Accursio Lotá, Executive Chef of Solare Restorante in San Diego, CA was one of two chefs representing the USA at the 6th Annual Barilla Pasta World Championship in Milan, Italy, September 27-29. There were 20 chefs from around the world competing at the three-day championship judged by a panel of Michelin-starred Italian chefs. Ultimately, Chef Accursio took the 6th Annual Champion title with this final dish, “Spaghetti alla Carbonara de Mare.”
Below, he talks about growing up in Sicily, his winning dish and the motivation that pushed him through to the win.
Tell us about growing up in Sicily and some of your earliest pasta memories.
Barilla was always in my home growing up, especially Barilla Spaghetti No. 5 and Rigatoni. I remember a Sunday pasta meal with rigatoni that my grandmother would make for us. It was a slow-cooked pork sugo that would braise for hours with fresh tomatoes. The perfect balance of sweetness and acidity. When it was finally ready, she’d serve the pasta simply with a bit of the sauce from the braise and some toasted breadcrumbs.
At Solare, you are handmaking almost all of your pasta. Do you ever use dried pasta?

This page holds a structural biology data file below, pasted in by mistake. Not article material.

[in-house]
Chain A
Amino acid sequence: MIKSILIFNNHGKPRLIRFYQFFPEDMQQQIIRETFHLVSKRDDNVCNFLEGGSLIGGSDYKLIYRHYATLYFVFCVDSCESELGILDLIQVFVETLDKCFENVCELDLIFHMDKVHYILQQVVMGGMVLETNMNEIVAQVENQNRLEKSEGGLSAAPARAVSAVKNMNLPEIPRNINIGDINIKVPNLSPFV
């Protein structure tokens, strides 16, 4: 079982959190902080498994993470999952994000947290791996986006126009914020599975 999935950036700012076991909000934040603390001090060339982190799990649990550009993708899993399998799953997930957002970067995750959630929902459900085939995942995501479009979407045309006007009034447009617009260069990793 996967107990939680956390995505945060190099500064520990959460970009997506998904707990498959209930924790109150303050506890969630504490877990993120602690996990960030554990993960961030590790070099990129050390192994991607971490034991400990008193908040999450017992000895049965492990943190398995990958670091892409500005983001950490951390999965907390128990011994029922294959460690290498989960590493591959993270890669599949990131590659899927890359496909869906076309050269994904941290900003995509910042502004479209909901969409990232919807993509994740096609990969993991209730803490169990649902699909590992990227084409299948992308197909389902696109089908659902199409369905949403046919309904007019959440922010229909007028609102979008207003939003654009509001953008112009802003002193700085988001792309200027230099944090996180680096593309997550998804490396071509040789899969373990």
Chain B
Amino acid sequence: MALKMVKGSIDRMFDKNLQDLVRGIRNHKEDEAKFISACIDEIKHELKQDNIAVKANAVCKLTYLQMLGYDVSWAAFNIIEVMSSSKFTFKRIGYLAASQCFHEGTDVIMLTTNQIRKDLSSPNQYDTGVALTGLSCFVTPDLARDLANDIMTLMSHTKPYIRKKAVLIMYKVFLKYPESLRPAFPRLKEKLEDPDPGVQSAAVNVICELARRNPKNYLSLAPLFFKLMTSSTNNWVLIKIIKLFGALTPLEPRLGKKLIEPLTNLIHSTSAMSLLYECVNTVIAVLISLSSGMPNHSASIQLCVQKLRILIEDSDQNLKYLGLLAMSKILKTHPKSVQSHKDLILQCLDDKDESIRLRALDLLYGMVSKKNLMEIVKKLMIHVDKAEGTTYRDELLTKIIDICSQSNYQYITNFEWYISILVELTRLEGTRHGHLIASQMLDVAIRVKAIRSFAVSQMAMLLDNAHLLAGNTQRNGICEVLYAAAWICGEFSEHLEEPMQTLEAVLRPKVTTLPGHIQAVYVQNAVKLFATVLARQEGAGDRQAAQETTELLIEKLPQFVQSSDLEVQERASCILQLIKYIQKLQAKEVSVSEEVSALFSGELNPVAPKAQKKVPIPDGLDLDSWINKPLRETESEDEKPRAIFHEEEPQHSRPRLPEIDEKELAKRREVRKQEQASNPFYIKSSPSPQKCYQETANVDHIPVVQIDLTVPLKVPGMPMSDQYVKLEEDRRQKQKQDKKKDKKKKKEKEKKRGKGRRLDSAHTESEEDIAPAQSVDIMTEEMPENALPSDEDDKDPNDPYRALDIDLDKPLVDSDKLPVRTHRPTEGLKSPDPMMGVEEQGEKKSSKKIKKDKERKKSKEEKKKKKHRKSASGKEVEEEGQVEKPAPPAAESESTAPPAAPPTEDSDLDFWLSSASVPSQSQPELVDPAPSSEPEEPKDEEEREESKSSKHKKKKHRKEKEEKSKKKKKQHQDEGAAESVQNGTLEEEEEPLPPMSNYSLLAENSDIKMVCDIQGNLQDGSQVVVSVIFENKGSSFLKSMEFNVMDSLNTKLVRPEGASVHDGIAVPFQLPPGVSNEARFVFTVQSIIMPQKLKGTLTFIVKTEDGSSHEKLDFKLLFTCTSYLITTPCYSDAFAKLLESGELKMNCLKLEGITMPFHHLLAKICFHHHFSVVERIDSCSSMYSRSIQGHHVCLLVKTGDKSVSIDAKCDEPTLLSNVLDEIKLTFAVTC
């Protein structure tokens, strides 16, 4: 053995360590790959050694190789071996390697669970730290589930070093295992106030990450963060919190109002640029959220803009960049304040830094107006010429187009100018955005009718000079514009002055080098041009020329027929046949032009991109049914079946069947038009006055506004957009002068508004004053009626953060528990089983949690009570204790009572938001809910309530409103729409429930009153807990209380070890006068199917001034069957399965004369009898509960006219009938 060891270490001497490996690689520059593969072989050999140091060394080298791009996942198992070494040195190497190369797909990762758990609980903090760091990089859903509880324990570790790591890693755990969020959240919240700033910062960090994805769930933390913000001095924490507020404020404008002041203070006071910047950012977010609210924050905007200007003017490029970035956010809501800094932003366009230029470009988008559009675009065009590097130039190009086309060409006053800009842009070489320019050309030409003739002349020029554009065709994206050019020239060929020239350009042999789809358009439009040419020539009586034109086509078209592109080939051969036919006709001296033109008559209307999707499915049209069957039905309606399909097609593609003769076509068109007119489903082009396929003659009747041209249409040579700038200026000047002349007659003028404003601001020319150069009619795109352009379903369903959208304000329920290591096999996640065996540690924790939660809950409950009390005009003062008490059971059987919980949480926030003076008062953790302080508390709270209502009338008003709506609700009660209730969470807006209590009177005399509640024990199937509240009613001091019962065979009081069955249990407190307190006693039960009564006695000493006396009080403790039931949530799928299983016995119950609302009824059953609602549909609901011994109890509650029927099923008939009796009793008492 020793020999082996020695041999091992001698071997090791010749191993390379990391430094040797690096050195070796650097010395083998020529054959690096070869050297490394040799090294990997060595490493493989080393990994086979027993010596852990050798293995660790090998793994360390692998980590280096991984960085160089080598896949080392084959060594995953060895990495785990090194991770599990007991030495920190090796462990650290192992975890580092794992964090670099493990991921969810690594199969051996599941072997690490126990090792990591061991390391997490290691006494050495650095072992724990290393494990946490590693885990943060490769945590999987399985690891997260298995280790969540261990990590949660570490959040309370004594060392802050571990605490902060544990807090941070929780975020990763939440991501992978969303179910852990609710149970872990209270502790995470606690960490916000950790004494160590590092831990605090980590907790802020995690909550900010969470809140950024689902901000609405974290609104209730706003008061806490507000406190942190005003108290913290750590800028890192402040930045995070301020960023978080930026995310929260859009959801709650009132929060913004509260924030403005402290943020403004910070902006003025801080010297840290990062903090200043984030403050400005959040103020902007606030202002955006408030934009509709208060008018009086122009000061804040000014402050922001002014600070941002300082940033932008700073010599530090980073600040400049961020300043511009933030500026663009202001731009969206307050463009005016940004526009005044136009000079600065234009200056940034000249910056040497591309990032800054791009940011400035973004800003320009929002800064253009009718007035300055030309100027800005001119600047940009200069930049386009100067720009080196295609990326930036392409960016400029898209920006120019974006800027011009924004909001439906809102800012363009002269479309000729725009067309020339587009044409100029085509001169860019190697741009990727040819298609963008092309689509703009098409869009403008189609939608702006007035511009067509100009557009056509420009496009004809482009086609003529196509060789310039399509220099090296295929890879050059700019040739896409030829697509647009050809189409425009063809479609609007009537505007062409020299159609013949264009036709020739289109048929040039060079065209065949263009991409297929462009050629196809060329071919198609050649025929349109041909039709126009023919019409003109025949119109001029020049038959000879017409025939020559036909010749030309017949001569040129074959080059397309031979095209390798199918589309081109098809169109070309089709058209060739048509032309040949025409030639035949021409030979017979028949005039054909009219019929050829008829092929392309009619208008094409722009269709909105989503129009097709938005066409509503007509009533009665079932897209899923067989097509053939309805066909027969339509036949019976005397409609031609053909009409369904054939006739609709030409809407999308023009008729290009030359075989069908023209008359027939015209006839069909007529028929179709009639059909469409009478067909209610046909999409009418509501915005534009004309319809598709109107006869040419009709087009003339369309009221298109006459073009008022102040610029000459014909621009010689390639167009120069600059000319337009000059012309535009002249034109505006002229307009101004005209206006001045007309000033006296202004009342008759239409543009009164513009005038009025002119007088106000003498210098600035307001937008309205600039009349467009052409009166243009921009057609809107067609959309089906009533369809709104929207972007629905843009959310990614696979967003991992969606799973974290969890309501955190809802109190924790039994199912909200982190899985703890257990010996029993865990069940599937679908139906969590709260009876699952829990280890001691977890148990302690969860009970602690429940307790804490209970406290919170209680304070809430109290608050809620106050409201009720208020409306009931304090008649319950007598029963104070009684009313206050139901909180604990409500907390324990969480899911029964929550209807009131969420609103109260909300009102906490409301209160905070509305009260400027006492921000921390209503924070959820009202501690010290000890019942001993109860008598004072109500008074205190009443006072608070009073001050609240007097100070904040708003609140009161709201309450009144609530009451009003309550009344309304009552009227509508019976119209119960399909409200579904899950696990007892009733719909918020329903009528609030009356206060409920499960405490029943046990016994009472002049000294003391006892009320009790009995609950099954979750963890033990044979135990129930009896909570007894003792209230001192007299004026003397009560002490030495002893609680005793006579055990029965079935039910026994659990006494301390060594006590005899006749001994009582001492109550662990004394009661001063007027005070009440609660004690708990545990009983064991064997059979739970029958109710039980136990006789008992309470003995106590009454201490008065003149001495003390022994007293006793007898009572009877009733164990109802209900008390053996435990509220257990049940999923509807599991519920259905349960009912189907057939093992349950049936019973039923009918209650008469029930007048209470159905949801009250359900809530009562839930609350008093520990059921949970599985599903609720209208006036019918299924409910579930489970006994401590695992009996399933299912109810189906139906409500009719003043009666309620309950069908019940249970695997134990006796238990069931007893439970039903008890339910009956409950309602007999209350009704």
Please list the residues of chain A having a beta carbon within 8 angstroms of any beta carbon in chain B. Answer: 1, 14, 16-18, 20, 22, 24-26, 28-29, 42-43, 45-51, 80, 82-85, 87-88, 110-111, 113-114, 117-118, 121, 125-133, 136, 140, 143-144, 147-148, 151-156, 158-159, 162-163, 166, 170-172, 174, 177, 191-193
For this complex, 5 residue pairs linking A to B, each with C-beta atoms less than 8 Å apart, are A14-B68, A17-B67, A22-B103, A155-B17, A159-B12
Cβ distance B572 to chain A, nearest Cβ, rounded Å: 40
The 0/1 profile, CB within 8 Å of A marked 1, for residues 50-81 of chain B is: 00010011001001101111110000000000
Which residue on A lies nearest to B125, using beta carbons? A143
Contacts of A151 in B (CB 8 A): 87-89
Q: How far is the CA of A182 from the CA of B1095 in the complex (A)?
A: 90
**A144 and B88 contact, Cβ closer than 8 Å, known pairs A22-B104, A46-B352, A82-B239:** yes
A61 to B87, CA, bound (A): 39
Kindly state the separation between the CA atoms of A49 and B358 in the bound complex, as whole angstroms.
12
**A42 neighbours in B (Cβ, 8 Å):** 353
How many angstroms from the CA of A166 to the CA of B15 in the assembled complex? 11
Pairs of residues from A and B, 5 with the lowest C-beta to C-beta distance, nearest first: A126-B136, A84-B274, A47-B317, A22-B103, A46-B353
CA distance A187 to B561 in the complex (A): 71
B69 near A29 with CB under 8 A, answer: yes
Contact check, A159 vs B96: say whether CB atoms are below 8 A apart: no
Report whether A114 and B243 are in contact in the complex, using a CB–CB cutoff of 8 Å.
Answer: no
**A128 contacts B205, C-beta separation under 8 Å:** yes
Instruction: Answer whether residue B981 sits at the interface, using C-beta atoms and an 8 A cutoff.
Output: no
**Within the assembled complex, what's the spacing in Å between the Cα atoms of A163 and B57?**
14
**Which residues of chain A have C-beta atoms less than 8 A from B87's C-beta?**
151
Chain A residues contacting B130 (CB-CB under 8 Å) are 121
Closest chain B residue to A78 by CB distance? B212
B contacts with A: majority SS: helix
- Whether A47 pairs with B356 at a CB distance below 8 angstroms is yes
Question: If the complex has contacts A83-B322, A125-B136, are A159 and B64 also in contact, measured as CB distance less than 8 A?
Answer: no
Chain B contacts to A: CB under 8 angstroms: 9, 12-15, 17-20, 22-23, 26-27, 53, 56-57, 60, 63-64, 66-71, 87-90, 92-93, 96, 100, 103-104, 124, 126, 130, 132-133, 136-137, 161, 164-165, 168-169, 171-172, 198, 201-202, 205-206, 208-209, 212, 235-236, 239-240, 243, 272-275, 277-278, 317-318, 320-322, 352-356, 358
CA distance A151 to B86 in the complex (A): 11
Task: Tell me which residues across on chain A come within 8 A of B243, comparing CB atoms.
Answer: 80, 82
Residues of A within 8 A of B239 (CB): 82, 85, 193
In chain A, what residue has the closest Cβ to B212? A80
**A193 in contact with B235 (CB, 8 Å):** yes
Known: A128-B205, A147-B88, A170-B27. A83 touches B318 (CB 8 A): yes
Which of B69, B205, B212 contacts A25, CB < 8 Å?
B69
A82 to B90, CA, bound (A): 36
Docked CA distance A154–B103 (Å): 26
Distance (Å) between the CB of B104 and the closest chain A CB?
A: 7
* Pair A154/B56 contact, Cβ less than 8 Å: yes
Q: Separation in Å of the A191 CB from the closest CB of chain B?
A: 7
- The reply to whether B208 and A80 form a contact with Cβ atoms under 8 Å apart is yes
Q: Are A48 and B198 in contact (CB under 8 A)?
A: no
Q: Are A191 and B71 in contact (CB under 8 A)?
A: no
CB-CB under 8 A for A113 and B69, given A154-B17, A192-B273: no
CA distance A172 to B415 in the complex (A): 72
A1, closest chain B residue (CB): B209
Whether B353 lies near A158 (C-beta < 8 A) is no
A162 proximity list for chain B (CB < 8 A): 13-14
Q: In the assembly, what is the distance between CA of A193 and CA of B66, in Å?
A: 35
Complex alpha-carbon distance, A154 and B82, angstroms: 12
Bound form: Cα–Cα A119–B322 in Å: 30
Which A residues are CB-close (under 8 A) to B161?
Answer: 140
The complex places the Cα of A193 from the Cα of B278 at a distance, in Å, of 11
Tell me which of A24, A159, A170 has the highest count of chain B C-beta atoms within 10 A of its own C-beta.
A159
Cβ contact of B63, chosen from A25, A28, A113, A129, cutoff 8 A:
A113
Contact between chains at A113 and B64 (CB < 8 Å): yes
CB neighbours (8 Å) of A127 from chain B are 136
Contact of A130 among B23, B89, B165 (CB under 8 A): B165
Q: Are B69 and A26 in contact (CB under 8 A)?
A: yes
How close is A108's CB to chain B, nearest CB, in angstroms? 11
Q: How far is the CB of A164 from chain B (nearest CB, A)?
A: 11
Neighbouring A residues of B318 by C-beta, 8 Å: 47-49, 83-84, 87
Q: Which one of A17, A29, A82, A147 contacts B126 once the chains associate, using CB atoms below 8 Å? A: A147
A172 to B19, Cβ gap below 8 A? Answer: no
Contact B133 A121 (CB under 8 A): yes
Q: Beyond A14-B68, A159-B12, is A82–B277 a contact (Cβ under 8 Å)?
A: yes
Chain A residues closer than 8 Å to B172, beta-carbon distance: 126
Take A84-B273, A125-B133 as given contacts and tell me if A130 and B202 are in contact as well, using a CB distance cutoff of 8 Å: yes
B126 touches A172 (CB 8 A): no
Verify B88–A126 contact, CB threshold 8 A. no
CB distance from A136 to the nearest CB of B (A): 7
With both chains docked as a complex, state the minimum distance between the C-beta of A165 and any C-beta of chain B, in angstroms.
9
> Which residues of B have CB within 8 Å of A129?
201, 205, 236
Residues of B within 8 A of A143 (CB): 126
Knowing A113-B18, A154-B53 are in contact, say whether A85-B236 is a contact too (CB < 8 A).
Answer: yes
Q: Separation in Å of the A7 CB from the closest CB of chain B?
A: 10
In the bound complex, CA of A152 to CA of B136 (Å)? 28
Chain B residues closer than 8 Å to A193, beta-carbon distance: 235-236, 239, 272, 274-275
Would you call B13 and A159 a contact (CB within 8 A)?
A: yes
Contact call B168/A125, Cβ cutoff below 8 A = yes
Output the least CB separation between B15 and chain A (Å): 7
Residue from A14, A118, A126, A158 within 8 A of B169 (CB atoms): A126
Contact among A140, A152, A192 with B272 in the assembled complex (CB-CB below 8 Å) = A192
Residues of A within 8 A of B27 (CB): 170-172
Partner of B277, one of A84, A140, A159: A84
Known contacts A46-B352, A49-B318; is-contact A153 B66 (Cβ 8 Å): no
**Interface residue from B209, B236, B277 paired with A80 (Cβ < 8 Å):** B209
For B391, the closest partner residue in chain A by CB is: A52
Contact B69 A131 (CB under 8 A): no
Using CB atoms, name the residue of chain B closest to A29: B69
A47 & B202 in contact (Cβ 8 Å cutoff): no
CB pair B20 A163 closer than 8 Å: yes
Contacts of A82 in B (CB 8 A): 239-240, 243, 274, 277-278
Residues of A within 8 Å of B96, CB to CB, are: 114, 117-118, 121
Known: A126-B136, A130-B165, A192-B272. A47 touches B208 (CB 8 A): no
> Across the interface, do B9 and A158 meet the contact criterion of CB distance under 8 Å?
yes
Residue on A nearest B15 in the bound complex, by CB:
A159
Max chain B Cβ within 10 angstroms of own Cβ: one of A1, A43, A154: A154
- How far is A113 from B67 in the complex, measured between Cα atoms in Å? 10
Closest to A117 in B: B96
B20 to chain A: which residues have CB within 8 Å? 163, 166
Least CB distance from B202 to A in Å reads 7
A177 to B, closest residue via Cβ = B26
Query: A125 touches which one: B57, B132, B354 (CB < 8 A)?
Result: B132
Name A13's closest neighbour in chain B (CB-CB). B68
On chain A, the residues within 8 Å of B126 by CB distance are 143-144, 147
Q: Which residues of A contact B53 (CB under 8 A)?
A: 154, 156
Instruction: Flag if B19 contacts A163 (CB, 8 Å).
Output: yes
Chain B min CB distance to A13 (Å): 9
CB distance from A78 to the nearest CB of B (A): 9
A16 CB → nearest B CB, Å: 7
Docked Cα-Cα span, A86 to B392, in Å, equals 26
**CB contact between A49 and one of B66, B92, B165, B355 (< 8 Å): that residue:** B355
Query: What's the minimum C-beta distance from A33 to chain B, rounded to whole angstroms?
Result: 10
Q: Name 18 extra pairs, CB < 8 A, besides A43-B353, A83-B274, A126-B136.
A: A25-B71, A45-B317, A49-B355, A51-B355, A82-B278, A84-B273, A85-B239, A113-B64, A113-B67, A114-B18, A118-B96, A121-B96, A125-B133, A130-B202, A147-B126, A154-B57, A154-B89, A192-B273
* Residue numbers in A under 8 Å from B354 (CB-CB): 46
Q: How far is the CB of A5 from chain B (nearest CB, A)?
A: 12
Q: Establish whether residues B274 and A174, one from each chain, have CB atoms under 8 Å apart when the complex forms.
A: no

Yes, after coming back from this trip I’ve been using the Academia line of pastas from Barilla. They are excellent.
What do you think was the key to your success at the Pasta World Championships?
I will answer this question in three parts:
- I made sure that the taste was the most important thing; presentation came next. In competitions, I think it’s easy to focus on presentation, but then your dish can fall flat.
- I wanted the dishes to represent me, who I am and where I am coming from 100%. When you feel confident in a dish in that way, it has a much better chance of being successful.
- I worked to tell the story behind my dishes; the why and the how, not just an ingredient list of what was inside.
Your “signature” dish, the seafood carbonara, was what gave you the win in the end. What was your inspiration behind this dish?
Carbonara is a most controversial Italian dish; every city has its very own recipe. I took hold of that fact, and made it my way.
I grew up by the Mediterranean Sea, where seafood was the most accessible ingredient. So, I thought, “why don’t I replace the hen egg of the carbonara with a mix of different seafood eggs to reassemble the mouthfeel and texture of the carbonara. And instead of the succulent guanciale, use a variety of seafood cooked with different techniques, and fish with a fresh green mandarin zest (another signature Sicilian ingredient).”
You talked about “mantecare” as the process for getting the texture of your sauces just right. Can you explain what it means?
Mantecare is the term for the emulsion created by the starches released by the pasta and the sauce. When you achieve the right mix at the right temperature, it clings to the pasta in the perfect way, smooth and rich in mouthfeel. The key for me is to finish the pasta in the sauce with some of the cooking water, and actually take it off the heat. At about 80°C (176°F) the temperature is just right, and you’ll get that creamy result.
For more on Chef Accursio and his championship dishes, click here.